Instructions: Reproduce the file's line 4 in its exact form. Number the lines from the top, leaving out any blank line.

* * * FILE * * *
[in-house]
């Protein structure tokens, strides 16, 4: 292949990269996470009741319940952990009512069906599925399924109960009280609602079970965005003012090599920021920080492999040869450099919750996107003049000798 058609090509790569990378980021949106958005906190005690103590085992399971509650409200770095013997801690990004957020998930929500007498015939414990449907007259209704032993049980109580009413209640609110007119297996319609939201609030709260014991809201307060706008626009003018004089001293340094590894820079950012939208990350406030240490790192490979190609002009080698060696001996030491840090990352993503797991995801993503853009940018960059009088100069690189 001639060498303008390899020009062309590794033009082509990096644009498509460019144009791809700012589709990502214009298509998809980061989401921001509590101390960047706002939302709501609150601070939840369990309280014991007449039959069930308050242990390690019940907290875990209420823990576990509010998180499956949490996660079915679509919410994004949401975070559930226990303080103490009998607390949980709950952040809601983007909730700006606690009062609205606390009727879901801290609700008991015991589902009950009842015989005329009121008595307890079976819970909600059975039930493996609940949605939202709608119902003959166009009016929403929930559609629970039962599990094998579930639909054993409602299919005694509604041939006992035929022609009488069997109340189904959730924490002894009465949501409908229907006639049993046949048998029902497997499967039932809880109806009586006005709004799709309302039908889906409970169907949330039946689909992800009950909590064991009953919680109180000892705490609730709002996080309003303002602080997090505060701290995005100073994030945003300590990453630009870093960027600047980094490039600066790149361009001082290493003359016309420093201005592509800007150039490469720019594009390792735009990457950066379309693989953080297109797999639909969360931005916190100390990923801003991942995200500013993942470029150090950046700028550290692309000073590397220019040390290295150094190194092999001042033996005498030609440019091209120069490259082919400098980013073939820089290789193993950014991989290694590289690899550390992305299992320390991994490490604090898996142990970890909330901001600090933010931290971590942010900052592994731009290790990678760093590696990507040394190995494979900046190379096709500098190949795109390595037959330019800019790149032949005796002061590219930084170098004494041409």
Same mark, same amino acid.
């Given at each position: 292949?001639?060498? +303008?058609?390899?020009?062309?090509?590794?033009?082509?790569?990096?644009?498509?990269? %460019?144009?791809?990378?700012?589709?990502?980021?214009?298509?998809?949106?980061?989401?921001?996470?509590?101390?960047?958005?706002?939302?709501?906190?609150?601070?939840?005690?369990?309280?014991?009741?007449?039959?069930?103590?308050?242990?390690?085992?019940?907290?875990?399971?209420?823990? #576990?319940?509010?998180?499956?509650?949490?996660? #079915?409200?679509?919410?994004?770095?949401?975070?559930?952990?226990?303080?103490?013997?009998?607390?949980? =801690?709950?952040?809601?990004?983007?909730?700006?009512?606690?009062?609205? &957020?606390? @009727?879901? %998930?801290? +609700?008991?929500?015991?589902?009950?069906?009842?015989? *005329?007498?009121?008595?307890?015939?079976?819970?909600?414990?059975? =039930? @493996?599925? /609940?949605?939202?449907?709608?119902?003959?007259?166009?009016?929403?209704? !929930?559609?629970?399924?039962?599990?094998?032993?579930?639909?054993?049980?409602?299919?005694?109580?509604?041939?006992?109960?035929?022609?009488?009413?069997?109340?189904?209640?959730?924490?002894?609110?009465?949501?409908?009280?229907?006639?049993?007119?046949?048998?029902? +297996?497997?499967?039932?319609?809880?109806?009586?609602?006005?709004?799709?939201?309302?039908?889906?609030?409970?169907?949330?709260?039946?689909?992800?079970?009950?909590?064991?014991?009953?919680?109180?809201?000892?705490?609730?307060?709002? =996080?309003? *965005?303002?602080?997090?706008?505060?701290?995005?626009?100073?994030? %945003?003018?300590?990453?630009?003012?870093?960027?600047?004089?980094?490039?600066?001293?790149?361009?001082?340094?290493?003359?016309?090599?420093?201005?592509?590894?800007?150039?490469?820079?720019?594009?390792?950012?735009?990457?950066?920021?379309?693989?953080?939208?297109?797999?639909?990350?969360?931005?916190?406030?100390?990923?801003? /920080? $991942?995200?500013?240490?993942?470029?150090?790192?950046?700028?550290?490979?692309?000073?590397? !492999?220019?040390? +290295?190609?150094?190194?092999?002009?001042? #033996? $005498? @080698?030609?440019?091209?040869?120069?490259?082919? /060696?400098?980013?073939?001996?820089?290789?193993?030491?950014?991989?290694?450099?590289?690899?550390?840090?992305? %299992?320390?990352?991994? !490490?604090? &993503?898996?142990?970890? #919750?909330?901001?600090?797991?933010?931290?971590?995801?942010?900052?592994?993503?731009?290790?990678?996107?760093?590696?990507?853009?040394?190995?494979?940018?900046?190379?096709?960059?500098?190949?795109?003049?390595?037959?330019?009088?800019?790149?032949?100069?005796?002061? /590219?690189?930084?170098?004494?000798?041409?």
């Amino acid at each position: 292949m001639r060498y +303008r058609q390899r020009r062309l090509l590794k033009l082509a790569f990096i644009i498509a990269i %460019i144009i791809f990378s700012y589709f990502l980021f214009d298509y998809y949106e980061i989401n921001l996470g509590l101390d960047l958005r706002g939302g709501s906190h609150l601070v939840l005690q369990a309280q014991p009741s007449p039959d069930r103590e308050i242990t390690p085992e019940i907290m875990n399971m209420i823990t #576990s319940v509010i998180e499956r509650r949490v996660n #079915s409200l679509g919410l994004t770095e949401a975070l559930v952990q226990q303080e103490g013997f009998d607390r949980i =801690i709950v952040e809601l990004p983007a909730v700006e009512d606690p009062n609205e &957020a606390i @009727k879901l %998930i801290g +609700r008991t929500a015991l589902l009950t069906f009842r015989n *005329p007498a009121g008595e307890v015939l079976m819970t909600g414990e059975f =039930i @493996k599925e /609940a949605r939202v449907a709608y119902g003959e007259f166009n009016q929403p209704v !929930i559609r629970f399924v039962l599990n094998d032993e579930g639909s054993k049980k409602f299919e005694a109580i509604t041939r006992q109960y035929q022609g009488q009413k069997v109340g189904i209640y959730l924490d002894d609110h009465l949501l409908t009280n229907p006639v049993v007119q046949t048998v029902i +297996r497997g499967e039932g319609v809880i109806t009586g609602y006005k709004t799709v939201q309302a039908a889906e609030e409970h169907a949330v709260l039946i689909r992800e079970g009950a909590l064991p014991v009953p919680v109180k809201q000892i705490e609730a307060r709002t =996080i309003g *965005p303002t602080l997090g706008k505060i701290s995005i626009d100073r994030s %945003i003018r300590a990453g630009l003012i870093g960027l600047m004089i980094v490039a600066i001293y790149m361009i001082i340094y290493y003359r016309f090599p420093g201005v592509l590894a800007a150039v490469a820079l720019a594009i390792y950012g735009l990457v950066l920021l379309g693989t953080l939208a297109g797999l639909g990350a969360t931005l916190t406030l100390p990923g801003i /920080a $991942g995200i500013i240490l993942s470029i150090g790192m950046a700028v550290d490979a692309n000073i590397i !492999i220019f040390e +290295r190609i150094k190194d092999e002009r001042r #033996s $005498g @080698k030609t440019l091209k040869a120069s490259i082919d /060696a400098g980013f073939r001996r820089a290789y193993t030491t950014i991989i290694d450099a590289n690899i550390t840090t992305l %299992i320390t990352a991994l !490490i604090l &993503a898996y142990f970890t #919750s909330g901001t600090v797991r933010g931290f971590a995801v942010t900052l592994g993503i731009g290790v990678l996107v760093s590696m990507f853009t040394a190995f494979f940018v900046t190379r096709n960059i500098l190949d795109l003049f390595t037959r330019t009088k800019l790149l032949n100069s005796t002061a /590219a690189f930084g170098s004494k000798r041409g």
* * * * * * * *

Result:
């Given at each position: 292949?001639?060498? +303008?058609?390899?020009?062309?090509?590794?033009?082509?790569?990096?644009?498509?990269? %460019?144009?791809?990378?700012?589709?990502?980021?214009?298509?998809?949106?980061?989401?921001?996470?509590?101390?960047?958005?706002?939302?709501?906190?609150?601070?939840?005690?369990?309280?014991?009741?007449?039959?069930?103590?308050?242990?390690?085992?019940?907290?875990?399971?209420?823990? #576990?319940?509010?998180?499956?509650?949490?996660? #079915?409200?679509?919410?994004?770095?949401?975070?559930?952990?226990?303080?103490?013997?009998?607390?949980? =801690?709950?952040?809601?990004?983007?909730?700006?009512?606690?009062?609205? &957020?606390? @009727?879901? %998930?801290? +609700?008991?929500?015991?589902?009950?069906?009842?015989? *005329?007498?009121?008595?307890?015939?079976?819970?909600?414990?059975? =039930? @493996?599925? /609940?949605?939202?449907?709608?119902?003959?007259?166009?009016?929403?209704? !929930?559609?629970?399924?039962?599990?094998?032993?579930?639909?054993?049980?409602?299919?005694?109580?509604?041939?006992?109960?035929?022609?009488?009413?069997?109340?189904?209640?959730?924490?002894?609110?009465?949501?409908?009280?229907?006639?049993?007119?046949?048998?029902? +297996?497997?499967?039932?319609?809880?109806?009586?609602?006005?709004?799709?939201?309302?039908?889906?609030?409970?169907?949330?709260?039946?689909?992800?079970?009950?909590?064991?014991?009953?919680?109180?809201?000892?705490?609730?307060?709002? =996080?309003? *965005?303002?602080?997090?706008?505060?701290?995005?626009?100073?994030? %945003?003018?300590?990453?630009?003012?870093?960027?600047?004089?980094?490039?600066?001293?790149?361009?001082?340094?290493?003359?016309?090599?420093?201005?592509?590894?800007?150039?490469?820079?720019?594009?390792?950012?735009?990457?950066?920021?379309?693989?953080?939208?297109?797999?639909?990350?969360?931005?916190?406030?100390?990923?801003? /920080? $991942?995200?500013?240490?993942?470029?150090?790192?950046?700028?550290?490979?692309?000073?590397? !492999?220019?040390? +290295?190609?150094?190194?092999?002009?001042? #033996? $005498? @080698?030609?440019?091209?040869?120069?490259?082919? /060696?400098?980013?073939?001996?820089?290789?193993?030491?950014?991989?290694?450099?590289?690899?550390?840090?992305? %299992?320390?990352?991994? !490490?604090? &993503?898996?142990?970890? #919750?909330?901001?600090?797991?933010?931290?971590?995801?942010?900052?592994?993503?731009?290790?990678?996107?760093?590696?990507?853009?040394?190995?494979?940018?900046?190379?096709?960059?500098?190949?795109?003049?390595?037959?330019?009088?800019?790149?032949?100069?005796?002061? /590219?690189?930084?170098?004494?000798?041409?």